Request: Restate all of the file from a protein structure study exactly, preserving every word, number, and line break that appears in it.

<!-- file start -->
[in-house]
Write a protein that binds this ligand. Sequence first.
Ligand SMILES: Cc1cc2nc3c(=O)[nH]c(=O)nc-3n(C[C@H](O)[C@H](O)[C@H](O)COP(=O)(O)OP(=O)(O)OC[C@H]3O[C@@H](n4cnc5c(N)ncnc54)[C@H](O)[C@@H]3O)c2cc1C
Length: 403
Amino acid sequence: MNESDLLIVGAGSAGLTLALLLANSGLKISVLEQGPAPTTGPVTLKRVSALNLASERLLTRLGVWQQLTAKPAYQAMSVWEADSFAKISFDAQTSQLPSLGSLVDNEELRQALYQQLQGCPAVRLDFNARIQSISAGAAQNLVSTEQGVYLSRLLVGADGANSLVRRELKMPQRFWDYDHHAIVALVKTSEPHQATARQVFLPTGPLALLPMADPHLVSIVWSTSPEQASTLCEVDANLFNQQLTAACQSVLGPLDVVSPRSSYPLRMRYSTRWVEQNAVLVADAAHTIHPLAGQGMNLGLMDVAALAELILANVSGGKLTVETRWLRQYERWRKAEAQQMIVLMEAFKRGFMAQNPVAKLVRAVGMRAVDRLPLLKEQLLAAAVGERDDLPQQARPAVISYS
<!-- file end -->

[in-house]
Write a protein that binds this ligand. Sequence first.
Ligand SMILES: Cc1cc2nc3c(=O)[nH]c(=O)nc-3n(C[C@H](O)[C@H](O)[C@H](O)COP(=O)(O)OP(=O)(O)OC[C@H]3O[C@@H](n4cnc5c(N)ncnc54)[C@H](O)[C@@H]3O)c2cc1C
Length: 403
Amino acid sequence: MNESDLLIVGAGSAGLTLALLLANSGLKISVLEQGPAPTTGPVTLKRVSALNLASERLLTRLGVWQQLTAKPAYQAMSVWEADSFAKISFDAQTSQLPSLGSLVDNEELRQALYQQLQGCPAVRLDFNARIQSISAGAAQNLVSTEQGVYLSRLLVGADGANSLVRRELKMPQRFWDYDHHAIVALVKTSEPHQATARQVFLPTGPLALLPMADPHLVSIVWSTSPEQASTLCEVDANLFNQQLTAACQSVLGPLDVVSPRSSYPLRMRYSTRWVEQNAVLVADAAHTIHPLAGQGMNLGLMDVAALAELILANVSGGKLTVETRWLRQYERWRKAEAQQMIVLMEAFKRGFMAQNPVAKLVRAVGMRAVDRLPLLKEQLLAAAVGERDDLPQQARPAVISYS